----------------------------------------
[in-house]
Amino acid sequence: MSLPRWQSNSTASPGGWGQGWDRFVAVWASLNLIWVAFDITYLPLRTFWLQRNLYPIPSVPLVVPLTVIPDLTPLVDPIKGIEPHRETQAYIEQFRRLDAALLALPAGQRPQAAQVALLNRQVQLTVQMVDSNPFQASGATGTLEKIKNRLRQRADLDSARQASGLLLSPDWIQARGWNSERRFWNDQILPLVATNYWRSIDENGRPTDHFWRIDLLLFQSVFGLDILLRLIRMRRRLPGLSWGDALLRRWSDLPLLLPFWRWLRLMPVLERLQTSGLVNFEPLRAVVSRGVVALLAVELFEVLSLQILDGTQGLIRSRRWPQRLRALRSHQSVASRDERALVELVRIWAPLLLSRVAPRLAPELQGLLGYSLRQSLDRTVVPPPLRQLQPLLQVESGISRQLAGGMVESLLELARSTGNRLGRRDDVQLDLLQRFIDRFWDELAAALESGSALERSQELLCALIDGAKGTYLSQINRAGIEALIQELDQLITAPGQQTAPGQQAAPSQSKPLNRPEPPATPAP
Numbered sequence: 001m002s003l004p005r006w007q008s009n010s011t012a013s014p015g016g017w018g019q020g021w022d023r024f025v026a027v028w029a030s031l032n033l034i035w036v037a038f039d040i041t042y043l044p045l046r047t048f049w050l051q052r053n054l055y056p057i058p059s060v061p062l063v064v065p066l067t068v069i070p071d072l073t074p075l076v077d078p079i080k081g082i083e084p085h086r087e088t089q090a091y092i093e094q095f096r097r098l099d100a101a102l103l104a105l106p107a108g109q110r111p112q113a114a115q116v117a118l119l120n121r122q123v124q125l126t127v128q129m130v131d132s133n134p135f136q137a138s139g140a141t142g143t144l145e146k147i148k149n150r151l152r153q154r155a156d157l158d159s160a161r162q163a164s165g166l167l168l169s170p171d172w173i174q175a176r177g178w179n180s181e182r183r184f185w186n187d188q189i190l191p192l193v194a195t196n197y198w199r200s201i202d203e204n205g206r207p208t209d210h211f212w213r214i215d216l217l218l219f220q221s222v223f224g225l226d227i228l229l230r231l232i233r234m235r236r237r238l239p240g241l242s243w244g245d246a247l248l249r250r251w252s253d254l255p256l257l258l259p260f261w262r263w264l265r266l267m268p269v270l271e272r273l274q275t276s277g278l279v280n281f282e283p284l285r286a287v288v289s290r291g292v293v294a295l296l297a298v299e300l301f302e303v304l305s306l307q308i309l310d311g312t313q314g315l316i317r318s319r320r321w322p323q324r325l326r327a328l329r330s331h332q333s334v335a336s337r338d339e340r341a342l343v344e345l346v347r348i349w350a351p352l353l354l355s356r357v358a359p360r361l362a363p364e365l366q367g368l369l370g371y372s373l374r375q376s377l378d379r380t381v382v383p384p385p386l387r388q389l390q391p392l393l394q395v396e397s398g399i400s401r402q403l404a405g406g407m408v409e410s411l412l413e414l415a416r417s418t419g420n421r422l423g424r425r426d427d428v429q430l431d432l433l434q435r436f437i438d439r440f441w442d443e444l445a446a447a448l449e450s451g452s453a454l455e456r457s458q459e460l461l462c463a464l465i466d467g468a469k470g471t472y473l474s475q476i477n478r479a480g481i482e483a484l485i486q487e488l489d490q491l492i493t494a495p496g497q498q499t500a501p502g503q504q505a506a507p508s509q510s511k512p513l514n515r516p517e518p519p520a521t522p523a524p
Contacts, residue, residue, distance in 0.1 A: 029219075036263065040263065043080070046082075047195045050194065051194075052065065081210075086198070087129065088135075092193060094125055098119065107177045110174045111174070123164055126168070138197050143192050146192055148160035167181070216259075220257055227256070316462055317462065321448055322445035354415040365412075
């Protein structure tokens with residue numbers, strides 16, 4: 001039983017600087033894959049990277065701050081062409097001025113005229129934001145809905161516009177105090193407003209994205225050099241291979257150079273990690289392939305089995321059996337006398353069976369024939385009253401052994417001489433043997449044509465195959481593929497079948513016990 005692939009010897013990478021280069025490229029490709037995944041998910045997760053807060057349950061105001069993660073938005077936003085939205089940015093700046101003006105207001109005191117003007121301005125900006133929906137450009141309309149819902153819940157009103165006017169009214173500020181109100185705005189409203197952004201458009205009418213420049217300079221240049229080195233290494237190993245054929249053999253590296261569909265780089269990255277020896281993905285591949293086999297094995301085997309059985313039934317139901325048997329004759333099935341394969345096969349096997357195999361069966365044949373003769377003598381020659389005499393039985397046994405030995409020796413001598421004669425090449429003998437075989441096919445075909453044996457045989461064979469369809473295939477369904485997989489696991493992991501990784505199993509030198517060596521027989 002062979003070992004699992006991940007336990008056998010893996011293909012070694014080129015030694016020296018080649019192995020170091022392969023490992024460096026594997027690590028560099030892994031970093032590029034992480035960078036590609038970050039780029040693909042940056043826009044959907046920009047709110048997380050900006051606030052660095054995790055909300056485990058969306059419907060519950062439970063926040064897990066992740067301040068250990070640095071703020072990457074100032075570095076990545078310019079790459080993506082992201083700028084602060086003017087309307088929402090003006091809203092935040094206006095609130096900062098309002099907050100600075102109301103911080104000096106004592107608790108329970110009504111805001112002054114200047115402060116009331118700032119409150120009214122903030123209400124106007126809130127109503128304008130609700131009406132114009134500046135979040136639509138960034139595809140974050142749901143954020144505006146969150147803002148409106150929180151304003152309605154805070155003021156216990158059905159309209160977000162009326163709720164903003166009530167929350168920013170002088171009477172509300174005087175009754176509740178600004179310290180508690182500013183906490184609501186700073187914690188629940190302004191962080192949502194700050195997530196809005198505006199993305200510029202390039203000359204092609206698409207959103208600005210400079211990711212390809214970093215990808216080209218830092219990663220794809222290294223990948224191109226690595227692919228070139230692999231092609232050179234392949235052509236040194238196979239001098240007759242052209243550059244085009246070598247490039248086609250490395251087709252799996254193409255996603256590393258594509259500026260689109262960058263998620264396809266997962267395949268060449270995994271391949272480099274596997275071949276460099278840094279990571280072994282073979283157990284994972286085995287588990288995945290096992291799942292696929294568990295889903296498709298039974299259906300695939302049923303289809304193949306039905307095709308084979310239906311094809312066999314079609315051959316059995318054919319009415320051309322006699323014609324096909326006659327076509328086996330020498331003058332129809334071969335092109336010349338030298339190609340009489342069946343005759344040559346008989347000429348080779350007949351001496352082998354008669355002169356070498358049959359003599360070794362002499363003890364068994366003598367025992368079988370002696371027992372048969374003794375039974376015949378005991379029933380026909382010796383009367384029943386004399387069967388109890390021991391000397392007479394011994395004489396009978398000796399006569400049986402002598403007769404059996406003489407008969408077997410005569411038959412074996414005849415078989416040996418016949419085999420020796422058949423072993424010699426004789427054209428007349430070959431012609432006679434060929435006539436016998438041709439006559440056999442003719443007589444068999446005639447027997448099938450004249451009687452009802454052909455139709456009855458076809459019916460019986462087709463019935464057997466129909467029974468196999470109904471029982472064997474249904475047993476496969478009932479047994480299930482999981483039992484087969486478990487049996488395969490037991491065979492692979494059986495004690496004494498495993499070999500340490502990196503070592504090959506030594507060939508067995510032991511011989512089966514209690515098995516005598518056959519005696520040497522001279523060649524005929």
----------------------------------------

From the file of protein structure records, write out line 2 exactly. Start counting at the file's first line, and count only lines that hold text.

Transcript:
Amino acid sequence: MSLPRWQSNSTASPGGWGQGWDRFVAVWASLNLIWVAFDITYLPLRTFWLQRNLYPIPSVPLVVPLTVIPDLTPLVDPIKGIEPHRETQAYIEQFRRLDAALLALPAGQRPQAAQVALLNRQVQLTVQMVDSNPFQASGATGTLEKIKNRLRQRADLDSARQASGLLLSPDWIQARGWNSERRFWNDQILPLVATNYWRSIDENGRPTDHFWRIDLLLFQSVFGLDILLRLIRMRRRLPGLSWGDALLRRWSDLPLLLPFWRWLRLMPVLERLQTSGLVNFEPLRAVVSRGVVALLAVELFEVLSLQILDGTQGLIRSRRWPQRLRALRSHQSVASRDERALVELVRIWAPLLLSRVAPRLAPELQGLLGYSLRQSLDRTVVPPPLRQLQPLLQVESGISRQLAGGMVESLLELARSTGNRLGRRDDVQLDLLQRFIDRFWDELAAALESGSALERSQELLCALIDGAKGTYLSQINRAGIEALIQELDQLITAPGQQTAPGQQAAPSQSKPLNRPEPPATPAP